To think of our greatest anxiety as an insignificant event

To think of our greatest anxiety as an insignificant event, not only in the life of the universe but also in the life of our own soul, is the beginning of wisdom. While we’re actually suffering, our human pain seems infinite. But human pain isn’t infinite, because nothing human is infinite, and our pain has no value beyond its being a pain we feel.
   How often, oppressed by a tedium that seems like insanity or by an anxiety that seems to surpass it, I stop, hesitating, before I revolt, I hesitate, stopping, before I deify myself. From among the pains there are — the pain of not grasping the mystery of the world, the pain of not being loved, the pain of being treated unjustly, the pain of life oppressing us, suffocating and restraining us, the pain of a toothache, the pain of shoes that pinch — who can say which is the worse for himself, let alone for someone else, or for the generality of those who exist?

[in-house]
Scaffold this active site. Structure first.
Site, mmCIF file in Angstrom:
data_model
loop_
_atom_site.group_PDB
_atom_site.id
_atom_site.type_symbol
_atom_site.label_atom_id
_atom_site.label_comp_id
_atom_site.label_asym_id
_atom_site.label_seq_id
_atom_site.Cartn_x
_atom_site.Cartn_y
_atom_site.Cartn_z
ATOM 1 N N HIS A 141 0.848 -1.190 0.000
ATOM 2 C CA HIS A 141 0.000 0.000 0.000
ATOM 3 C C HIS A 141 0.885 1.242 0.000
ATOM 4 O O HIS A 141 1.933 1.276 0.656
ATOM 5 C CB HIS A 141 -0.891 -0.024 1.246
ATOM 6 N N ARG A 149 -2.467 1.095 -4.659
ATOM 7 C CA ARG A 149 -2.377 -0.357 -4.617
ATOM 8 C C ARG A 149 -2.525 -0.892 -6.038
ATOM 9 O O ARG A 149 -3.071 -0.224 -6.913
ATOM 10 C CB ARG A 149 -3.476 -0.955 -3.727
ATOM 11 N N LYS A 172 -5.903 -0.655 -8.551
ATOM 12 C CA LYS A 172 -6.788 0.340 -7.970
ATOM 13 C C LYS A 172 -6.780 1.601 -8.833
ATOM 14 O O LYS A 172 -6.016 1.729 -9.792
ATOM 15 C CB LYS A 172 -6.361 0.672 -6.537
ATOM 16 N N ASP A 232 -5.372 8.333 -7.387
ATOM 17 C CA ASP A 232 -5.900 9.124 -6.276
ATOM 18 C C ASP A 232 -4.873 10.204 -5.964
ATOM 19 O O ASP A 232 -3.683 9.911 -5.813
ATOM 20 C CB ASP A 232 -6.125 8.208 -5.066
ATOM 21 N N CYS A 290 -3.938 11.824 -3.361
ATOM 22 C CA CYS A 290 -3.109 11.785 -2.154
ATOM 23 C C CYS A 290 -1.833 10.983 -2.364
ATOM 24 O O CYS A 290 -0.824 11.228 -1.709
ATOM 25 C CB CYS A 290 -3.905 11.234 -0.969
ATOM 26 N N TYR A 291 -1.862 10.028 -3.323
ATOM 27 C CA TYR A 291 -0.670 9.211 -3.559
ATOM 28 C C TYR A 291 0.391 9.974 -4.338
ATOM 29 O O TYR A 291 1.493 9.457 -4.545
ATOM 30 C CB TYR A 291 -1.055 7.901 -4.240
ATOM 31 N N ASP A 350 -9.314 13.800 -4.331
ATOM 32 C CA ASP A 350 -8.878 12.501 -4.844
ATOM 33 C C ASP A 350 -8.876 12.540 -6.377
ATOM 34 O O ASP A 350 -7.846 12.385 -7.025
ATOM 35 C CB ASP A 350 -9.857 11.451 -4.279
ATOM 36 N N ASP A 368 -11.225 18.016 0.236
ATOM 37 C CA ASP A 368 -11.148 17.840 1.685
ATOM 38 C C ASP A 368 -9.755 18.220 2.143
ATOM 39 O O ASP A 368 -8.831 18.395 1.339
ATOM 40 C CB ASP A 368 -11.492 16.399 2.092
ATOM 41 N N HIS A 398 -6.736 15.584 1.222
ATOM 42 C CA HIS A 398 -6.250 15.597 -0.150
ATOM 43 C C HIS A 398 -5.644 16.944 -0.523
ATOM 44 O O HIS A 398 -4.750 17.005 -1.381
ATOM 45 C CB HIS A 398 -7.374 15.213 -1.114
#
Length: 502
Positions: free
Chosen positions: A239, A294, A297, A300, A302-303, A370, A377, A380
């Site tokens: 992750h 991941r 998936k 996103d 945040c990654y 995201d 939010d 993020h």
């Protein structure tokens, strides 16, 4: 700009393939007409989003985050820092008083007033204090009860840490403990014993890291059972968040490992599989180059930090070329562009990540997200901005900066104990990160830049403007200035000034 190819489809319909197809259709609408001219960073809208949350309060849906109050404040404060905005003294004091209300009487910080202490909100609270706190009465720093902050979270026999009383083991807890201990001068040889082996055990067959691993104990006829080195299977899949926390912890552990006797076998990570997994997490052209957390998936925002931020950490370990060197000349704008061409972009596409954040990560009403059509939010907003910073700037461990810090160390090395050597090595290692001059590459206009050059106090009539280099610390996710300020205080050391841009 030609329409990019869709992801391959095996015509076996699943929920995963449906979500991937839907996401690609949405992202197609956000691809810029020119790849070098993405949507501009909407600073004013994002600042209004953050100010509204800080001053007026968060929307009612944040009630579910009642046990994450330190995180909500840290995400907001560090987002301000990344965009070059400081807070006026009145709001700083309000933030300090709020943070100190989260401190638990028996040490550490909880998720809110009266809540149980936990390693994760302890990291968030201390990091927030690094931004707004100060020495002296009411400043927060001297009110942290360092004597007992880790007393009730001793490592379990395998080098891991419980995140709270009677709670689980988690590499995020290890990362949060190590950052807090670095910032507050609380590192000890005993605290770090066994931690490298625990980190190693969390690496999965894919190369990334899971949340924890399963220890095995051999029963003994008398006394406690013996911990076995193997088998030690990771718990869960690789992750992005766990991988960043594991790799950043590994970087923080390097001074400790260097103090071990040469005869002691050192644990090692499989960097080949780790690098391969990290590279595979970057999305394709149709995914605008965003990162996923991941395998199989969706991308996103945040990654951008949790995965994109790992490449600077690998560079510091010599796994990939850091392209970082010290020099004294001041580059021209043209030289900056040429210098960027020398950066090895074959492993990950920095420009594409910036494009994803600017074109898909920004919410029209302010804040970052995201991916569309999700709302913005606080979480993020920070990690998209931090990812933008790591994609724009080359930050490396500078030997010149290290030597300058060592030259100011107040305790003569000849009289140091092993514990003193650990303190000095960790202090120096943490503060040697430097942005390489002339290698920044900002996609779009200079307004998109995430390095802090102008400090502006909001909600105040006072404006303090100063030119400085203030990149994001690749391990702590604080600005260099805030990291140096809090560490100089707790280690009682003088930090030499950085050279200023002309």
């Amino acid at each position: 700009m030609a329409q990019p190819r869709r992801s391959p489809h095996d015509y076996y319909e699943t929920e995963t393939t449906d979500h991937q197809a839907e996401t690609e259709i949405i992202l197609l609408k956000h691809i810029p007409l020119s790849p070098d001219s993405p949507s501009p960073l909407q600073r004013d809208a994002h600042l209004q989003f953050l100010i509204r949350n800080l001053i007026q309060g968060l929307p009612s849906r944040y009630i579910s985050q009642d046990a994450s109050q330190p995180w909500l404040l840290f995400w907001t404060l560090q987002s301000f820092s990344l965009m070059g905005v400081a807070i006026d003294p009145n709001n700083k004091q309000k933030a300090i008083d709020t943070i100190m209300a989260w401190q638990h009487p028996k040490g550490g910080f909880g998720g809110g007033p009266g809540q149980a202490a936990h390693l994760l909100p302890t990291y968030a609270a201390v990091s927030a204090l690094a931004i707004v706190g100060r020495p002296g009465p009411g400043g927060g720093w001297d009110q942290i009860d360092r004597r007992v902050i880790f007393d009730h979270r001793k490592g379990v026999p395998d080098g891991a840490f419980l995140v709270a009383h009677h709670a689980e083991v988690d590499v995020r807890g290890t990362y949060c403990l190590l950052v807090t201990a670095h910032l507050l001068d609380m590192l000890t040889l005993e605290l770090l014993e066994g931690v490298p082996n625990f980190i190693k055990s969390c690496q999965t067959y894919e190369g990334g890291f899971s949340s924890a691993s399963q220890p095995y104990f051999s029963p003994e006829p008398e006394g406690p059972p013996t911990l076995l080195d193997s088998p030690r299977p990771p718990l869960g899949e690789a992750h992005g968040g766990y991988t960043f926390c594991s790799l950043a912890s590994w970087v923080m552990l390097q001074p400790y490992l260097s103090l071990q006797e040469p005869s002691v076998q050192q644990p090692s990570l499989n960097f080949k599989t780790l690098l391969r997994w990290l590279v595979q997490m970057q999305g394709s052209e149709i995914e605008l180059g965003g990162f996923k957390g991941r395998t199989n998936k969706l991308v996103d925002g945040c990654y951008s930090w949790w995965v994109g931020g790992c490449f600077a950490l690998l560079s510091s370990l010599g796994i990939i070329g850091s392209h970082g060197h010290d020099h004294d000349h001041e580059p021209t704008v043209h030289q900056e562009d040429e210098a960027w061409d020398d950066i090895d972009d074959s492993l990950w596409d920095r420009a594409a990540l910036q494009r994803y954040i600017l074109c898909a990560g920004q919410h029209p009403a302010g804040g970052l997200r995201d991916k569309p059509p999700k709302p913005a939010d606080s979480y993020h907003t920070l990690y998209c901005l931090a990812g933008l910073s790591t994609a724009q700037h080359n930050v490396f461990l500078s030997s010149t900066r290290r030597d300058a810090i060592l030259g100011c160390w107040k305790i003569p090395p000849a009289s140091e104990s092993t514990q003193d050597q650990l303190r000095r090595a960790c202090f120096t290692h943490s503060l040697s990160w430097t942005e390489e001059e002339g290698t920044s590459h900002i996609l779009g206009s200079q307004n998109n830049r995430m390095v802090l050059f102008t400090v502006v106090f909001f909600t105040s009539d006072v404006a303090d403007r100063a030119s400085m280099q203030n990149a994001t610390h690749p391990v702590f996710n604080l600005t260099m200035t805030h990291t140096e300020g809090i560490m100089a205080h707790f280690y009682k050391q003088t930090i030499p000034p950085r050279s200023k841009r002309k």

— Pessoa, The Book of Disquiet (trans. R. Zenith)

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